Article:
The Long, Hard Fall Of Donald 'Buz' Lukens
In five decades of covering politics, I have never seen a politician fall as hard and as far as Donald "Buz" Lukens.
Lukens, the Warren County native who died alone and nearly forgotten in Dallas, Texas, nine years ago, was thought of early in his career in the 1960s as a young Ohio Republican whose career was going places. He would, many in the party believed, be Ohio's governor some day. Maybe even president.
It was all political-posturing by an incredibly ambitious man.
As it turned out, nearly everything about the former congressman and state senator was a fraud. Even his nickname, "Buz," was a name he had given himself because he didn't like "Donald" and needed a catchy politician's handle to sell himself to voters. And he certainly wasn't going to use his real middle name, "Edgar."
After about a quarter of a century in politics, his career and his life had collapsed in a heap of disgrace, leaving him alone and abandoned after one personal scandal after another, all of them brought upon himself and all of which he tried to blame on someone else.
Watching his downfall play itself out was a pathetic scene.
In the 1960s, he became a political acolyte for then-California governor Ronald Reagan and one of Reagan's young Republican leaders in the burgeoning conservative movement. He was elected to the U.S. House in 1966 at the age of 35, mainly for his hawkishness on the Vietnam War.
He spent four years in the House before deciding in 1970 to run for the GOP gubernatorial nomination. It was a case of Lukens allowing his ego to get the better of him, assuming that as the leader of Ohio's "young Republicans" (he was nearly 40 at the time), that no one could take the nomination away from him.
But former state auditor Roger Cloud believed he could, and he did just that, defeating Lukens in the GOP primary. Cloud then went on to lose to Democrat John J. Gilligan in the fall.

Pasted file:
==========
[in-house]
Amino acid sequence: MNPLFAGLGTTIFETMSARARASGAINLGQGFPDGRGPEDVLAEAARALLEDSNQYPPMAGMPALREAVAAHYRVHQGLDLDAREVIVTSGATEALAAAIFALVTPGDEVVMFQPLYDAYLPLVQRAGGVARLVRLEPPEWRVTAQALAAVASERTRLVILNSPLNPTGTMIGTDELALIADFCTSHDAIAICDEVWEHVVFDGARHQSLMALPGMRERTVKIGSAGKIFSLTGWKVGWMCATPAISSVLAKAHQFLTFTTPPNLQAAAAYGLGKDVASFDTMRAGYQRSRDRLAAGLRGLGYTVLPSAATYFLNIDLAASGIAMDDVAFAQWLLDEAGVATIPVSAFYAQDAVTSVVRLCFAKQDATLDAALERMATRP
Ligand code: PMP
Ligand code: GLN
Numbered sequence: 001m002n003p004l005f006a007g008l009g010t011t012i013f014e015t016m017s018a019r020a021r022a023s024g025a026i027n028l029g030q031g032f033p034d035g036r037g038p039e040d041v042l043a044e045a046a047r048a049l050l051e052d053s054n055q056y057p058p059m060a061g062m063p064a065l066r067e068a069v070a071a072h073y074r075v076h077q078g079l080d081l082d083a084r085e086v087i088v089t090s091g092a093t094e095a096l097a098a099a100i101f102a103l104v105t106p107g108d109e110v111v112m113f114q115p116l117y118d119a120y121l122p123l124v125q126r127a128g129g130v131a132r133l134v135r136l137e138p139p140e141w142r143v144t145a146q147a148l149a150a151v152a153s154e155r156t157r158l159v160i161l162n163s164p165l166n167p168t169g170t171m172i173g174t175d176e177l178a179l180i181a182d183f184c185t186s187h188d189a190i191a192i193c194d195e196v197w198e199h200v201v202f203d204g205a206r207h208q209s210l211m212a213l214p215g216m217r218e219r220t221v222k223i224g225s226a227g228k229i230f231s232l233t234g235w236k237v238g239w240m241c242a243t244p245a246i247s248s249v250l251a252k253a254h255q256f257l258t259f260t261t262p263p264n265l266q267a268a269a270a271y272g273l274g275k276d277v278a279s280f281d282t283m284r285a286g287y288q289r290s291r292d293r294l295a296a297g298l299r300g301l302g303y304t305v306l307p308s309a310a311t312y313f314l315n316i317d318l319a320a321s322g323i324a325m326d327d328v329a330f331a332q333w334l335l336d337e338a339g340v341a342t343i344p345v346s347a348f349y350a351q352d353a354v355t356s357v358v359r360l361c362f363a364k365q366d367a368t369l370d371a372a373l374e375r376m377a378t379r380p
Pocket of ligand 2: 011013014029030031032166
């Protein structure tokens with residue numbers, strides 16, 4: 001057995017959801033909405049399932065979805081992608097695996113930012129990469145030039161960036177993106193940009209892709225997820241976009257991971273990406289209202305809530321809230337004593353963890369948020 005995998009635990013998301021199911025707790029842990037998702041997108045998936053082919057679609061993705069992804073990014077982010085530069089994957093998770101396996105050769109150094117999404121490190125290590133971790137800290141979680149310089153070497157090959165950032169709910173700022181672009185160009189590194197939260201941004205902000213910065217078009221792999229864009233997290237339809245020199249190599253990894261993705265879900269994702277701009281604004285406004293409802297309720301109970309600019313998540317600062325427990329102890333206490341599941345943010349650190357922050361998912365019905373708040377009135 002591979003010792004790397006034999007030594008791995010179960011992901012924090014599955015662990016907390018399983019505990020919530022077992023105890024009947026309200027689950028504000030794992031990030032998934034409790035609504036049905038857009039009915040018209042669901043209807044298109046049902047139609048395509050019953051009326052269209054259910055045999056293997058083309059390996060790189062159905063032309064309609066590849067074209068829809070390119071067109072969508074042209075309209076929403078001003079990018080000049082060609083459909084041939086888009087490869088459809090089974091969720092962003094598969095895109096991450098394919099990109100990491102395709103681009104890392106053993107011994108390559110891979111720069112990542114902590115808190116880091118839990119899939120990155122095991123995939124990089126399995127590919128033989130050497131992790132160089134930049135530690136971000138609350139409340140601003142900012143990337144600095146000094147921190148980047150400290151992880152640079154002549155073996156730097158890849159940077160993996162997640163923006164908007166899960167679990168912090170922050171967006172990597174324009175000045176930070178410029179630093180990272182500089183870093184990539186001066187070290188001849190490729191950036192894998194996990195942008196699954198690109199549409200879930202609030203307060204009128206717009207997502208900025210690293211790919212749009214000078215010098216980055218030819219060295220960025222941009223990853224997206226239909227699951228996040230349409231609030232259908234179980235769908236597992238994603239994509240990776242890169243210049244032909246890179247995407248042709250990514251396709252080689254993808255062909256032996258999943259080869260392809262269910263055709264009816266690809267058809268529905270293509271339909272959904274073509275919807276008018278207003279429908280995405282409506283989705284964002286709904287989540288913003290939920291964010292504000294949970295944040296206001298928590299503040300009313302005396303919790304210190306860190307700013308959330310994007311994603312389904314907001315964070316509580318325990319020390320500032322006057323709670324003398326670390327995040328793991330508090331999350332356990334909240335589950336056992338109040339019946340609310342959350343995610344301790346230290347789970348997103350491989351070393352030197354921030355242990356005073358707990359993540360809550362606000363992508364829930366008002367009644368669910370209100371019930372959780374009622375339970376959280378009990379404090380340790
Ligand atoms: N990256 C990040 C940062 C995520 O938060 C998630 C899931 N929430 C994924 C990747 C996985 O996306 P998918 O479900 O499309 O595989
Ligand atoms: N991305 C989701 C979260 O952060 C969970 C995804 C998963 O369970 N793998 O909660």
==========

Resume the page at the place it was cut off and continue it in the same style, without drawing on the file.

Lukens still had some pull in the Ohio GOP and was appointed to a vacant state senate seat, one that he would hold through 1986.
He was not your typical obscure state senator, involved with national conservative figures such as Jack Kemp, Newt Gingrich and Barry Goldwater.
Then, in 1986, something inexplicable happened.
U.S. Rep. Tom Kindness, who represented Butler and Warren counties in Congress, decided to give up a safe seat in the House to take on John Glenn, a national icon and a Democratic senator from Ohio. Kindness had no chance.
But Lukens was ready to jump into the fray, even though he already carried some baggage from his first stint in Congress, such as the cash gifts from Tongsun Park, a South Korean businessman who was indicted for bribing members of Congress.
Lukens wanted badly to return to Congress. His 10-year marriage to Toshika Davis, a model 21 years his junior, had ended in divorce a few years before and he was beginning to show signs of the throat cancer that eventually would take his life.
I was the Cincinnati Enquirer's politics writer and I had had an up-and-down relationship with Lukens over the years – mostly down.
Someone had suggested to Lukens that it might be a good idea if he made peace with me, since I would be covering his campaign.
He called one day and asked me to meet him for lunch in the restaurant of a now-gone Holiday Inn just outside of Middletown.
We sat a a table for two and he tried to lay out the "ground rules" for our talk.
I'm not going to talk about so-called scandals or any of that crap, Lukens said to me.
I told him that I couldn't promise him that; all of those things are relevant if you are running for Congress again. Nothing is off limits.
We went back and forth on this point for a few minutes. He began getting red in the face. He was about to explode.